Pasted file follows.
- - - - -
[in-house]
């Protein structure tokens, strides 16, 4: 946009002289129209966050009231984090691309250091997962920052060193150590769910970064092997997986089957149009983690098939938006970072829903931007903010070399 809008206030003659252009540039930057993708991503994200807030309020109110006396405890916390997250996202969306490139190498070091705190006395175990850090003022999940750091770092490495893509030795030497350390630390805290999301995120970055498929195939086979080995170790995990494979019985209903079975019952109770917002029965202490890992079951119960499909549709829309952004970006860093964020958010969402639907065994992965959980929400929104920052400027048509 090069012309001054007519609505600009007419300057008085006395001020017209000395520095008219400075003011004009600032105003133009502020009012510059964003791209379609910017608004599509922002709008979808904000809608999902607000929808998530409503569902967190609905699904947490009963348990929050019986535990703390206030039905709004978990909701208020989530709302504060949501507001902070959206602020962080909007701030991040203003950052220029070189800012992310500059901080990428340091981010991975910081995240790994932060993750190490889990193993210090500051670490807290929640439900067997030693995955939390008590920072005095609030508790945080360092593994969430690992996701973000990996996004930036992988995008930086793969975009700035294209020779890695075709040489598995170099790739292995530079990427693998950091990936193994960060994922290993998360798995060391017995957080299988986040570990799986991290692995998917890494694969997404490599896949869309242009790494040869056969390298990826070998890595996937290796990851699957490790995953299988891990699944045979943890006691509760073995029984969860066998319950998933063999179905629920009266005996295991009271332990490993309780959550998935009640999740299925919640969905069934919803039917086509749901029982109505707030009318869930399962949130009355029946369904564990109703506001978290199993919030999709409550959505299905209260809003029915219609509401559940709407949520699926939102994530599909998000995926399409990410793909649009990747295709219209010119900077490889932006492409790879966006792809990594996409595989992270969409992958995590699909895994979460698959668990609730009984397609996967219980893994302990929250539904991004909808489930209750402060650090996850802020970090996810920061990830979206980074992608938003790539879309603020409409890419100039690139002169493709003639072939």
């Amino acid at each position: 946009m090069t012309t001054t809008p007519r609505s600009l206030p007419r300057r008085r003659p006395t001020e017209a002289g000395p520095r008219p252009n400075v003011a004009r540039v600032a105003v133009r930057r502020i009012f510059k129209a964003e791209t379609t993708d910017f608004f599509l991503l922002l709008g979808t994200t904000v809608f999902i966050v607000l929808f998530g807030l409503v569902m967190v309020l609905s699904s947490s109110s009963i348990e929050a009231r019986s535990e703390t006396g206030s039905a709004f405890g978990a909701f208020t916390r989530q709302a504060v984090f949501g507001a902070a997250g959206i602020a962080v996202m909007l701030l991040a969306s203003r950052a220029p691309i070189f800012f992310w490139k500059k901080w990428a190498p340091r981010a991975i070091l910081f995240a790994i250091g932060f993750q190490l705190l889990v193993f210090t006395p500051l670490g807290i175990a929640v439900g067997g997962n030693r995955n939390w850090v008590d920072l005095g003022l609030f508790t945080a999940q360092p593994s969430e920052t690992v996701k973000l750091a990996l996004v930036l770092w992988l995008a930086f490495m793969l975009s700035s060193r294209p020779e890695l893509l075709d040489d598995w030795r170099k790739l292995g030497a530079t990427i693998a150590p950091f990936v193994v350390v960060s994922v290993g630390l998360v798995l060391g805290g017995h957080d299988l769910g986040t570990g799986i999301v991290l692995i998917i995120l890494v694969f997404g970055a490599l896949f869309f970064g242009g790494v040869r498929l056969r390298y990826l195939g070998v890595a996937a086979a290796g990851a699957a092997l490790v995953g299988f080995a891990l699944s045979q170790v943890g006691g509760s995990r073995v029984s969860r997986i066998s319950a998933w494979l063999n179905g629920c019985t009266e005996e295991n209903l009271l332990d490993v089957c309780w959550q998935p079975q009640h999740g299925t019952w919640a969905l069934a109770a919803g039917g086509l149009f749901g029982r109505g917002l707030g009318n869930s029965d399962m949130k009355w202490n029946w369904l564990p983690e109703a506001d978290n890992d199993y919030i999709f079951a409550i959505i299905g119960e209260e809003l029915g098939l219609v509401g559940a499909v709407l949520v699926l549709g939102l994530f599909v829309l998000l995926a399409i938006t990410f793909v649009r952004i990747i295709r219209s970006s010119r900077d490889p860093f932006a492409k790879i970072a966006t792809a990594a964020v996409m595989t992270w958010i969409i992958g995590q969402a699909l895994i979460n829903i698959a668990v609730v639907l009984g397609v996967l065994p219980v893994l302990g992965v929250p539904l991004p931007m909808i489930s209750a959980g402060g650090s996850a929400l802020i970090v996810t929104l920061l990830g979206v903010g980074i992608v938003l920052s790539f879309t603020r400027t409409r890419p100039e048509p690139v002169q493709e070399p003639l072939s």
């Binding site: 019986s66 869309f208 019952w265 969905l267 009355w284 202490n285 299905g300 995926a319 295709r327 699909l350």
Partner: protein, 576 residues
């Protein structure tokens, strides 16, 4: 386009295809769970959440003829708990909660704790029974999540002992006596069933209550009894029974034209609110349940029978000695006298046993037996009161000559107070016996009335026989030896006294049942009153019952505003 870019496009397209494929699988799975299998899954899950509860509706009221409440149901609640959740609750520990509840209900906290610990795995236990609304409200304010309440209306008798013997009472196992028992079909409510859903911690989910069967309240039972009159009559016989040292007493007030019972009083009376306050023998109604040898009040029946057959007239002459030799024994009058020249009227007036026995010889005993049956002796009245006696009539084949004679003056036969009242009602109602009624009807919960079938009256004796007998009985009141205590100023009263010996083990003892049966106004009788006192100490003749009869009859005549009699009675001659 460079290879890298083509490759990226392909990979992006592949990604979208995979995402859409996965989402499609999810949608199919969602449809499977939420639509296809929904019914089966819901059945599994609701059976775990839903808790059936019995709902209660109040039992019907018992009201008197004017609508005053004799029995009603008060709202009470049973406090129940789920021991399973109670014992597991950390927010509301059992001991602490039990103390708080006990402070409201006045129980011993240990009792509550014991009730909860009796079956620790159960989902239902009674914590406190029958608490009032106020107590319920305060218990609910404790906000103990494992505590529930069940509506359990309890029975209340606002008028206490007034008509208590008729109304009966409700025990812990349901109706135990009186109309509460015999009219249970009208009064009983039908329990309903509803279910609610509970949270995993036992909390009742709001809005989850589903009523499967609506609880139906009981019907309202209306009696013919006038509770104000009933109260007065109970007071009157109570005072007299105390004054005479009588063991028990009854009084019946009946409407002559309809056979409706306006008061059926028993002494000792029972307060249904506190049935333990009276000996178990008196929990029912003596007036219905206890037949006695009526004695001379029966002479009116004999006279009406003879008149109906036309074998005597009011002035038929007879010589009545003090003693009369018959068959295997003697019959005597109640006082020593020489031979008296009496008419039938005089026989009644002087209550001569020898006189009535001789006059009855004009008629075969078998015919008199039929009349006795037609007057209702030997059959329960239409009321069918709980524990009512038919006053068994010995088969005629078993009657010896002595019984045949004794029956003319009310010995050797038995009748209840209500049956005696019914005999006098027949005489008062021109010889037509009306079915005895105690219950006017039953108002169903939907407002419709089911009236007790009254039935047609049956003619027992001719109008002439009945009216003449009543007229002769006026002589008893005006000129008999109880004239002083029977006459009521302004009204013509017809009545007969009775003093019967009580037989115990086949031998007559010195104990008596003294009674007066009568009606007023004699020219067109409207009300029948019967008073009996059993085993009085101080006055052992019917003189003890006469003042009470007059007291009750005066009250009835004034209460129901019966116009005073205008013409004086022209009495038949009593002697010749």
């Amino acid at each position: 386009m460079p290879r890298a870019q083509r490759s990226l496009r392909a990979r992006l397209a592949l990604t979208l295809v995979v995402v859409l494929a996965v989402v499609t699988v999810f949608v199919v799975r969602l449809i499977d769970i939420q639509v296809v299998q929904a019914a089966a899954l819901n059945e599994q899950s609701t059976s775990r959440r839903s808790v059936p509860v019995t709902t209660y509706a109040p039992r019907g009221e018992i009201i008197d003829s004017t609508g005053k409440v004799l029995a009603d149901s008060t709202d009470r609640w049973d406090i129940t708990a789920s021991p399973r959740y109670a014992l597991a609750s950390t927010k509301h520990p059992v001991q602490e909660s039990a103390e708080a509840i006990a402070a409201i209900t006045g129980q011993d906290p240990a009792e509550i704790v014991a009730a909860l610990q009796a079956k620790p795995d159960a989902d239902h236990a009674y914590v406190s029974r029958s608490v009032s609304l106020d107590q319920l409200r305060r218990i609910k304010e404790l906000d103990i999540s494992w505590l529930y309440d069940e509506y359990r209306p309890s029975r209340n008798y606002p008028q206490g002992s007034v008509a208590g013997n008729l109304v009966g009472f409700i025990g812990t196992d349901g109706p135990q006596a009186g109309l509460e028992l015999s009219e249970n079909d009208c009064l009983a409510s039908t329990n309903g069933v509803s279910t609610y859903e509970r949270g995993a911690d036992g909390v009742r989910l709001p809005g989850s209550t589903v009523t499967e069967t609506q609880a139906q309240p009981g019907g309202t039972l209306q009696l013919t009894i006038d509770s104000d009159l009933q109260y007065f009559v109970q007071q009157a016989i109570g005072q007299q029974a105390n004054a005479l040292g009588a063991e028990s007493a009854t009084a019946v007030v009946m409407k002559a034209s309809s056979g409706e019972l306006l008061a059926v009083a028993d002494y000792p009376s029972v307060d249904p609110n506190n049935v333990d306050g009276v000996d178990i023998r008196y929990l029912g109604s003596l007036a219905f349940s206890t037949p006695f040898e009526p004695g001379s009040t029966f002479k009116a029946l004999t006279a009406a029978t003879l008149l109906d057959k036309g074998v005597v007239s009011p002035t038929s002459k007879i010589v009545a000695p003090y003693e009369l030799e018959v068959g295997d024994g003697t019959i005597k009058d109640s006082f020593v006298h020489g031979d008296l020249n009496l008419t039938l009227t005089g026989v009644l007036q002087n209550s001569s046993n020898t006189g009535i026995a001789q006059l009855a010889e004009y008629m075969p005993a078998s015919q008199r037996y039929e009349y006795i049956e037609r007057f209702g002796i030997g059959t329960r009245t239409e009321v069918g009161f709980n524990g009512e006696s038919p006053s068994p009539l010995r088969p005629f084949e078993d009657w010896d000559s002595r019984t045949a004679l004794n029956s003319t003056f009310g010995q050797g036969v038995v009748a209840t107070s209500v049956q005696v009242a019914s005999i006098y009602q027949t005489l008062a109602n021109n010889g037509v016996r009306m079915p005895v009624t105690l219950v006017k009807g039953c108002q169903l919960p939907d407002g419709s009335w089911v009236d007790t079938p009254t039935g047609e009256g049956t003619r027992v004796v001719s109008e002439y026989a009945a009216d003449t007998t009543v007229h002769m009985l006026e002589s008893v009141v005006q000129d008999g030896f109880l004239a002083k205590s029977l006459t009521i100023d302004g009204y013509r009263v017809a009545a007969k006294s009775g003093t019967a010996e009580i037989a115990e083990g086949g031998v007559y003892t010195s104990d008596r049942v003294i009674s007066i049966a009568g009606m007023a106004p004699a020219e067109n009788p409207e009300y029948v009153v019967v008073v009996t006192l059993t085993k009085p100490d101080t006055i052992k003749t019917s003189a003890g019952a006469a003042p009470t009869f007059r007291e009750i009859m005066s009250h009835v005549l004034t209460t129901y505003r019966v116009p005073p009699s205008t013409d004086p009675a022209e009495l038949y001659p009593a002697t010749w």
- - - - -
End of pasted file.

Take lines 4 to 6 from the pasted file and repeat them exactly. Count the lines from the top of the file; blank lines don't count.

């Binding site: 019986s66 869309f208 019952w265 969905l267 009355w284 202490n285 299905g300 995926a319 295709r327 699909l350």
Partner: protein, 576 residues
């Protein structure tokens, strides 16, 4: 386009295809769970959440003829708990909660704790029974999540002992006596069933209550009894029974034209609110349940029978000695006298046993037996009161000559107070016996009335026989030896006294049942009153019952505003 870019496009397209494929699988799975299998899954899950509860509706009221409440149901609640959740609750520990509840209900906290610990795995236990609304409200304010309440209306008798013997009472196992028992079909409510859903911690989910069967309240039972009159009559016989040292007493007030019972009083009376306050023998109604040898009040029946057959007239002459030799024994009058020249009227007036026995010889005993049956002796009245006696009539084949004679003056036969009242009602109602009624009807919960079938009256004796007998009985009141205590100023009263010996083990003892049966106004009788006192100490003749009869009859005549009699009675001659 460079290879890298083509490759990226392909990979992006592949990604979208995979995402859409996965989402499609999810949608199919969602449809499977939420639509296809929904019914089966819901059945599994609701059976775990839903808790059936019995709902209660109040039992019907018992009201008197004017609508005053004799029995009603008060709202009470049973406090129940789920021991399973109670014992597991950390927010509301059992001991602490039990103390708080006990402070409201006045129980011993240990009792509550014991009730909860009796079956620790159960989902239902009674914590406190029958608490009032106020107590319920305060218990609910404790906000103990494992505590529930069940509506359990309890029975209340606002008028206490007034008509208590008729109304009966409700025990812990349901109706135990009186109309509460015999009219249970009208009064009983039908329990309903509803279910609610509970949270995993036992909390009742709001809005989850589903009523499967609506609880139906009981019907309202209306009696013919006038509770104000009933109260007065109970007071009157109570005072007299105390004054005479009588063991028990009854009084019946009946409407002559309809056979409706306006008061059926028993002494000792029972307060249904506190049935333990009276000996178990008196929990029912003596007036219905206890037949006695009526004695001379029966002479009116004999006279009406003879008149109906036309074998005597009011002035038929007879010589009545003090003693009369018959068959295997003697019959005597109640006082020593020489031979008296009496008419039938005089026989009644002087209550001569020898006189009535001789006059009855004009008629075969078998015919008199039929009349006795037609007057209702030997059959329960239409009321069918709980524990009512038919006053068994010995088969005629078993009657010896002595019984045949004794029956003319009310010995050797038995009748209840209500049956005696019914005999006098027949005489008062021109010889037509009306079915005895105690219950006017039953108002169903939907407002419709089911009236007790009254039935047609049956003619027992001719109008002439009945009216003449009543007229002769006026002589008893005006000129008999109880004239002083029977006459009521302004009204013509017809009545007969009775003093019967009580037989115990086949031998007559010195104990008596003294009674007066009568009606007023004699020219067109409207009300029948019967008073009996059993085993009085101080006055052992019917003189003890006469003042009470007059007291009750005066009250009835004034209460129901019966116009005073205008013409004086022209009495038949009593002697010749």